The cruelty of children is immense…

Word count: 247 words

Reading time: About 1 minute

A great way to improve your writing is to emulate the work of others. That’s why, every week, I present a sentence that I’d happily imitate. Today, I write about a sentence by Lucy Grealy.

Lucy Grealy wrote deeply moving memoirAutobiography of a Face, as I discussed in yesterday’s post.  I found the story of her life gripping — who anticipates a nine-year-old having her jaw removed? But I found her writing just as haunting.

Perhaps because she was a poet, Grealy was exquisitely attuned to the rhythm of language. Here is a sentence in which she demonstrates that art:

The cruelty of children is immense, almost startling in its precision.

I made a note about that sentence even before I fully understood what had captivated me. On reflection, I think it’s partly the insight (we’ve known since Lord of the Flies that children are cruel — but the concept that they’re precisely cruel is unnerving) and partly the rhythm.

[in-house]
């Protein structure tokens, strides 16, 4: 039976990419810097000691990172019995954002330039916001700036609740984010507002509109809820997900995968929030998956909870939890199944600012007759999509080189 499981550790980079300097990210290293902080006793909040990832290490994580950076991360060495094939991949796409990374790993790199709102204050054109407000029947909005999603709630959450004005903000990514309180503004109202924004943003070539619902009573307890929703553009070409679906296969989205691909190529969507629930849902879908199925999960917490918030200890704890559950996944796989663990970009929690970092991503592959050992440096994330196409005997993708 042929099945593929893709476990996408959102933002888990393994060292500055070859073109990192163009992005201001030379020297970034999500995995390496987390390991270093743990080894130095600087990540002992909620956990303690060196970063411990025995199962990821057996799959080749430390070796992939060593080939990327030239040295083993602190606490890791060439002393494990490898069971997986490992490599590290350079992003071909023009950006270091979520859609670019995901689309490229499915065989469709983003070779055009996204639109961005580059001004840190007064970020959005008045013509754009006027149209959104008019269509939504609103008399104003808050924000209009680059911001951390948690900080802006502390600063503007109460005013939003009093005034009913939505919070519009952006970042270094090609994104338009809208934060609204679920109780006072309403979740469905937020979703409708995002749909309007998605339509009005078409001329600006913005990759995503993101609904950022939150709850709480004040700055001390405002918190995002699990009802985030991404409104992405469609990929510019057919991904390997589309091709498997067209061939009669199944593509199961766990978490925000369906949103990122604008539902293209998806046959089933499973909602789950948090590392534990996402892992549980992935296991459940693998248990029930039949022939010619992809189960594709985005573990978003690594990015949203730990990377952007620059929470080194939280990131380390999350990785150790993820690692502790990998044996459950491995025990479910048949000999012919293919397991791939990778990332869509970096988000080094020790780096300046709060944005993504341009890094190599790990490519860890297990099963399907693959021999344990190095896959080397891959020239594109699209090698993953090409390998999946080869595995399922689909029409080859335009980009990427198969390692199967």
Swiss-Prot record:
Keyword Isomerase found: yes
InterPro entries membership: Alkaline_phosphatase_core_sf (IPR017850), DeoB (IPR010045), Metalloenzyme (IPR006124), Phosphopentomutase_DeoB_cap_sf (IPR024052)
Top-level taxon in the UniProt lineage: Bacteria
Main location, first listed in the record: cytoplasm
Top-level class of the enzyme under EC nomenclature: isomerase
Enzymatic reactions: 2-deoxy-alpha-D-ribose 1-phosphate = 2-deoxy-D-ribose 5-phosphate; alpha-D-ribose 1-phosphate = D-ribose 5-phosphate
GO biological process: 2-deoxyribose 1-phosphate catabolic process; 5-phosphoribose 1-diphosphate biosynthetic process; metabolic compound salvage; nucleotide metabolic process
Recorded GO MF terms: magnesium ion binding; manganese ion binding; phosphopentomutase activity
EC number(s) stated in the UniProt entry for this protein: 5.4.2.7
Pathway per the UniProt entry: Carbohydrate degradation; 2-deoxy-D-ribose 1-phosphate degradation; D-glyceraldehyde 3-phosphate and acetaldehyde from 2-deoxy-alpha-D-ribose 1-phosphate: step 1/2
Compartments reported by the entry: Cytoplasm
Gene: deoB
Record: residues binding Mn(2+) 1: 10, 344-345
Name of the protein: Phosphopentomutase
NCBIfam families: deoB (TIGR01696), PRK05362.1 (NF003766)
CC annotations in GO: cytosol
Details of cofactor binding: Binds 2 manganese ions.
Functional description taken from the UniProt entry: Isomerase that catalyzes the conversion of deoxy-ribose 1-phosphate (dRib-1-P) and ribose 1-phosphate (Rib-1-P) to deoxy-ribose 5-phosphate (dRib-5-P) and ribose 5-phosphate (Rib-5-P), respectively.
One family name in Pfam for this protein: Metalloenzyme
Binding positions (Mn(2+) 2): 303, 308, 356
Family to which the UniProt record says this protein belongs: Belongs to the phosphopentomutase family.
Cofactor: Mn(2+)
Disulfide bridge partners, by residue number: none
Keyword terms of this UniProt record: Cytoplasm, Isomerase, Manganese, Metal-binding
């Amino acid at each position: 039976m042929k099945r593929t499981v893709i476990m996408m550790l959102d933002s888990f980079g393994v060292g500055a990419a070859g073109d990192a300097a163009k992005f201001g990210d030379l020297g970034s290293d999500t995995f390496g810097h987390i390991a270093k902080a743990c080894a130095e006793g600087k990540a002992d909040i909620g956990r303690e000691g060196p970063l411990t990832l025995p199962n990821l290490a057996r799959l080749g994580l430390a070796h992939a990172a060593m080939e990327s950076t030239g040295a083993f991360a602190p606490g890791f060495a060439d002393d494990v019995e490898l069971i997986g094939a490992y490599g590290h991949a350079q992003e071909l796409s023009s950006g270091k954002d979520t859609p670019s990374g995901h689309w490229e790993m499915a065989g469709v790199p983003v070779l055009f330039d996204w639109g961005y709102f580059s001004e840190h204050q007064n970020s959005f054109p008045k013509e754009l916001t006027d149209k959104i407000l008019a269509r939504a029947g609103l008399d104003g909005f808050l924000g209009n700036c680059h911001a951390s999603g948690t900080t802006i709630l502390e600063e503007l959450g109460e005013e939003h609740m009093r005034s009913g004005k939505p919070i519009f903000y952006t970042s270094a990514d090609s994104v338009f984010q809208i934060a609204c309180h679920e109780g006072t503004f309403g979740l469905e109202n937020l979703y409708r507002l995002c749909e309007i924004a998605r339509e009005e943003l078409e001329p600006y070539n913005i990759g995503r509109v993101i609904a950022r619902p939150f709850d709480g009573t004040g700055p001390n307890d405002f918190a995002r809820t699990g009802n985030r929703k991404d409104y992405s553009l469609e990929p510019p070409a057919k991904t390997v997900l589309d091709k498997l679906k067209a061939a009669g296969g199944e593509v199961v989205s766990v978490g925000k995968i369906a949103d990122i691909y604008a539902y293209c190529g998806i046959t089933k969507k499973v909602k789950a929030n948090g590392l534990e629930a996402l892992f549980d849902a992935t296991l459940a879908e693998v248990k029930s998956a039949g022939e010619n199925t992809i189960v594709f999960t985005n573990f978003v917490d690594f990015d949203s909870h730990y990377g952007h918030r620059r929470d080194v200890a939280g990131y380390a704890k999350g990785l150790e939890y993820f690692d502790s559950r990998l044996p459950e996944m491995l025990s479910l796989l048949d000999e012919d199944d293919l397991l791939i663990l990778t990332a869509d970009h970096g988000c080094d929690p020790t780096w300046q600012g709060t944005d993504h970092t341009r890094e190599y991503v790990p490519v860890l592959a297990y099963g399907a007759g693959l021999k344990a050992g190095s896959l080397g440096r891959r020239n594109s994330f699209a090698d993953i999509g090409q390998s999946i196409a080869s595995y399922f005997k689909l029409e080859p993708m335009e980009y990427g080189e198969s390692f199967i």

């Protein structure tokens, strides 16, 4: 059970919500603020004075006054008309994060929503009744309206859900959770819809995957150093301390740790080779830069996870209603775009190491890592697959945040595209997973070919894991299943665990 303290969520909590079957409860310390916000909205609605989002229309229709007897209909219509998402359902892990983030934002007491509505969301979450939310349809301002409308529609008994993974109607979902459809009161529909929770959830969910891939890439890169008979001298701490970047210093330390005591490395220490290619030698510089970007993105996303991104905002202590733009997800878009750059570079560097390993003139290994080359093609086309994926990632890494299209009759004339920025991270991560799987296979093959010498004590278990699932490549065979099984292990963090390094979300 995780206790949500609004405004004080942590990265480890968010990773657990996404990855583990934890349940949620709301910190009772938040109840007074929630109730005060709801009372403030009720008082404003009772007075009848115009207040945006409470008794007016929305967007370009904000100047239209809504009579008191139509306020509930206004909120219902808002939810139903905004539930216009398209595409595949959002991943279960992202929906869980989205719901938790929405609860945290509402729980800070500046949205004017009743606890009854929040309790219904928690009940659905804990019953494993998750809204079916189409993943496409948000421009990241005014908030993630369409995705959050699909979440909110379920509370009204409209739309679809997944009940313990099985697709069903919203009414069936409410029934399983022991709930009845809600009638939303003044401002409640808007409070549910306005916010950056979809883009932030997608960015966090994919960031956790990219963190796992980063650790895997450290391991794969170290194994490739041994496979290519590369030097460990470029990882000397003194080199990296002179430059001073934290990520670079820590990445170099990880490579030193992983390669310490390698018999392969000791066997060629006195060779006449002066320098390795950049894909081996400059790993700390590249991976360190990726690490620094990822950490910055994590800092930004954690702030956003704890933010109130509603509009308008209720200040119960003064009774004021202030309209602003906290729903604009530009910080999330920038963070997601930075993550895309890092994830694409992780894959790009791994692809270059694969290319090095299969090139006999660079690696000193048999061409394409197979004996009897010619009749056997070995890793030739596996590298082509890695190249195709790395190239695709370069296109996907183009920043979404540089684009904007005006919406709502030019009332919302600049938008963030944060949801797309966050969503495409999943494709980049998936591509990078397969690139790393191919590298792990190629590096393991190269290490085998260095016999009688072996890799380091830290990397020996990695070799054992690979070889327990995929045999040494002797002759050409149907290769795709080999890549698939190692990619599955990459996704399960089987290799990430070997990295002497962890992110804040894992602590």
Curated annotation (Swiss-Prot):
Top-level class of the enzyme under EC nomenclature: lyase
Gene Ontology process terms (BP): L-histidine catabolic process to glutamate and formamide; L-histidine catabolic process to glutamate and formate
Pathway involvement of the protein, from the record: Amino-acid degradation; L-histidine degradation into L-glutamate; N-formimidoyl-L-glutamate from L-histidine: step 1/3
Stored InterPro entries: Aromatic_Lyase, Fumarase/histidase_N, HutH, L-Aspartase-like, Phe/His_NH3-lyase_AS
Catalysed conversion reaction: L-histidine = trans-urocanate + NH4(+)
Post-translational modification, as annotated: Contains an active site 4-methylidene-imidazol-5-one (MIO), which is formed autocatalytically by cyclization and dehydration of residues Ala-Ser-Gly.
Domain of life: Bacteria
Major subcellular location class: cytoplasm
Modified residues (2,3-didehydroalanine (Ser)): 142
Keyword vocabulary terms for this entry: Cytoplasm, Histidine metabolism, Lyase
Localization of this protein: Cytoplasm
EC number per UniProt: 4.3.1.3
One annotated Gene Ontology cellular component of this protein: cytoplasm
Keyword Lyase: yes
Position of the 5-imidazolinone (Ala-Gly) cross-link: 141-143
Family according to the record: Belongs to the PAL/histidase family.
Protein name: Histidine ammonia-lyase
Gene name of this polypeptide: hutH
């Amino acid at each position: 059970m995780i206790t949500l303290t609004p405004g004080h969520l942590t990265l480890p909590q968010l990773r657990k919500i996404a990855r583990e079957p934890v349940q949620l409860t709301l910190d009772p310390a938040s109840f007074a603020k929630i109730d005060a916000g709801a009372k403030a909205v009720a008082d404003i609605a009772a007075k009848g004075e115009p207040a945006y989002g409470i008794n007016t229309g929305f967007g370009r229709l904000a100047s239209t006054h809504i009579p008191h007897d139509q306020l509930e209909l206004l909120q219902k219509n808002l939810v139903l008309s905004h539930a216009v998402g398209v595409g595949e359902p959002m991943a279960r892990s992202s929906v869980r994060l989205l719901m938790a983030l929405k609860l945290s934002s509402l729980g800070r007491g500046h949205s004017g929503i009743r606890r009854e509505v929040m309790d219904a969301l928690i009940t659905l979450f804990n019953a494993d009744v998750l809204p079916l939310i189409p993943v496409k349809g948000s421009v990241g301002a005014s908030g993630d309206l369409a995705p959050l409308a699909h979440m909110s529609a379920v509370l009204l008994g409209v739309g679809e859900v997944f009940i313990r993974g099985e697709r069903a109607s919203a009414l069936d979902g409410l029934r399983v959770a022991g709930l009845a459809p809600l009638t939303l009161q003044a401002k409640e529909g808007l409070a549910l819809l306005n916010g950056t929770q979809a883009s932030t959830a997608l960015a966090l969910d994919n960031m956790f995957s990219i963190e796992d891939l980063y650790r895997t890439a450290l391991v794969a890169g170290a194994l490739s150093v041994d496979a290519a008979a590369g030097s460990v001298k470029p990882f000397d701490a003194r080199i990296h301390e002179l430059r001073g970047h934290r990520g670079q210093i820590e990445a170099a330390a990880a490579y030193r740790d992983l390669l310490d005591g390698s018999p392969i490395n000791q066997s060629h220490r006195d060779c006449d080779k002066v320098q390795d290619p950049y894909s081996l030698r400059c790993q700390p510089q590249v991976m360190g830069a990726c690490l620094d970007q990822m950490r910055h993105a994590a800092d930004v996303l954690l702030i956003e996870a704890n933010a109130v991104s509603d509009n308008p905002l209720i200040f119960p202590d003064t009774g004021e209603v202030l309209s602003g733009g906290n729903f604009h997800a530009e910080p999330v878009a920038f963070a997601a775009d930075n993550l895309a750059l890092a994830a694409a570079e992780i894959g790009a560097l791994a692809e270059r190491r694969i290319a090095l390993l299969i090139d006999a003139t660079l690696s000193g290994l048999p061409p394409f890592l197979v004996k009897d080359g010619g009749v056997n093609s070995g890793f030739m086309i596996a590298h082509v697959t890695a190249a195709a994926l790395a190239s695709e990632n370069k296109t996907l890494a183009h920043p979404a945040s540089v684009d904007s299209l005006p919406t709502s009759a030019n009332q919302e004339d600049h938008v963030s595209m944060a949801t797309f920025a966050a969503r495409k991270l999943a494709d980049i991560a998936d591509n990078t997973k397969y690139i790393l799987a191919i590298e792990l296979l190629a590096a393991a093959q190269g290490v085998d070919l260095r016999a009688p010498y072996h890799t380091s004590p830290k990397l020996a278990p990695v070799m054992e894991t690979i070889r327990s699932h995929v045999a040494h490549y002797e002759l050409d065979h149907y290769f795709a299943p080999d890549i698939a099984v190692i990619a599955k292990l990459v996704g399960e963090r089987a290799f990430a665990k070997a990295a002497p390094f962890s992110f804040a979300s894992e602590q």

Notice how there’s an almost equal number of syllables on either side of the comma: 10 before it (nine if you pronounce “cruelty” as two-syllables — which some readers will) and nine following. This balance helps make the sentence virtually unforgettable.

If you want to read a supremely well-written, highly engaging story this summer, find yourself a copy of Autobiography of a Face.

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